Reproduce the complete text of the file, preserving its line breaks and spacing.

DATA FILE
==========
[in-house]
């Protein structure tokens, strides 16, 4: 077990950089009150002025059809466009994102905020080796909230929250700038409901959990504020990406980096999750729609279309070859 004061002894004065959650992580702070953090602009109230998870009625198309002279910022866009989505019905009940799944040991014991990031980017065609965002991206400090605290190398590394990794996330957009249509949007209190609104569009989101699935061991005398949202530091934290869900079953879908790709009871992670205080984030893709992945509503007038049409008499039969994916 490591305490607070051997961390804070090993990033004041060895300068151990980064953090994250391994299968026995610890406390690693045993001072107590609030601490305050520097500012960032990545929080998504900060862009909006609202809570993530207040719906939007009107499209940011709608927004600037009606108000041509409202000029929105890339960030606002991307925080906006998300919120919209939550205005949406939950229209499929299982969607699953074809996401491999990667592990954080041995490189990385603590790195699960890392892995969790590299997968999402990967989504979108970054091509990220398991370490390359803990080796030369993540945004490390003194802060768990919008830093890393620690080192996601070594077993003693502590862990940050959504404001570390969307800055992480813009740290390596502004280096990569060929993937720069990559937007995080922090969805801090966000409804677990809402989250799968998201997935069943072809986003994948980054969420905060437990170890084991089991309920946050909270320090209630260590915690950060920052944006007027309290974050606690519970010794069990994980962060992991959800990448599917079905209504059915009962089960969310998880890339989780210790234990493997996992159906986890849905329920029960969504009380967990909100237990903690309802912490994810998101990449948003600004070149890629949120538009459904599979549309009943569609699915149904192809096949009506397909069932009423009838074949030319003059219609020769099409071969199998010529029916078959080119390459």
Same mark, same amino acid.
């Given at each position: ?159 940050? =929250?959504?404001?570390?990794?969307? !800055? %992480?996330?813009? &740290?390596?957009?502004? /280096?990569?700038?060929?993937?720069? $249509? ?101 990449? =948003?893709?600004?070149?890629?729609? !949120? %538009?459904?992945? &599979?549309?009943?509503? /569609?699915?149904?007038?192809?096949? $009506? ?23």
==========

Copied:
[in-house]
């Protein structure tokens, strides 16, 4: 077990950089009150002025059809466009994102905020080796909230929250700038409901959990504020990406980096999750729609279309070859 004061002894004065959650992580702070953090602009109230998870009625198309002279910022866009989505019905009940799944040991014991990031980017065609965002991206400090605290190398590394990794996330957009249509949007209190609104569009989101699935061991005398949202530091934290869900079953879908790709009871992670205080984030893709992945509503007038049409008499039969994916 490591305490607070051997961390804070090993990033004041060895300068151990980064953090994250391994299968026995610890406390690693045993001072107590609030601490305050520097500012960032990545929080998504900060862009909006609202809570993530207040719906939007009107499209940011709608927004600037009606108000041509409202000029929105890339960030606002991307925080906006998300919120919209939550205005949406939950229209499929299982969607699953074809996401491999990667592990954080041995490189990385603590790195699960890392892995969790590299997968999402990967989504979108970054091509990220398991370490390359803990080796030369993540945004490390003194802060768990919008830093890393620690080192996601070594077993003693502590862990940050959504404001570390969307800055992480813009740290390596502004280096990569060929993937720069990559937007995080922090969805801090966000409804677990809402989250799968998201997935069943072809986003994948980054969420905060437990170890084991089991309920946050909270320090209630260590915690950060920052944006007027309290974050606690519970010794069990994980962060992991959800990448599917079905209504059915009962089960969310998880890339989780210790234990493997996992159906986890849905329920029960969504009380967990909100237990903690309802912490994810998101990449948003600004070149890629949120538009459904599979549309009943569609699915149904192809096949009506397909069932009423009838074949030319003059219609020769099409071969199998010529029916078959080119390459």
Same mark, same amino acid.
């Given at each position: ?159 940050? =929250?959504?404001?570390?990794?969307? !800055? %992480?996330?813009? &740290?390596?957009?502004? /280096?990569?700038?060929?993937?720069? $249509? ?101 990449? =948003?893709?600004?070149?890629?729609? !949120? %538009?459904?992945? &599979?549309?009943?509503? /569609?699915?149904?007038?192809?096949? $009506? ?23």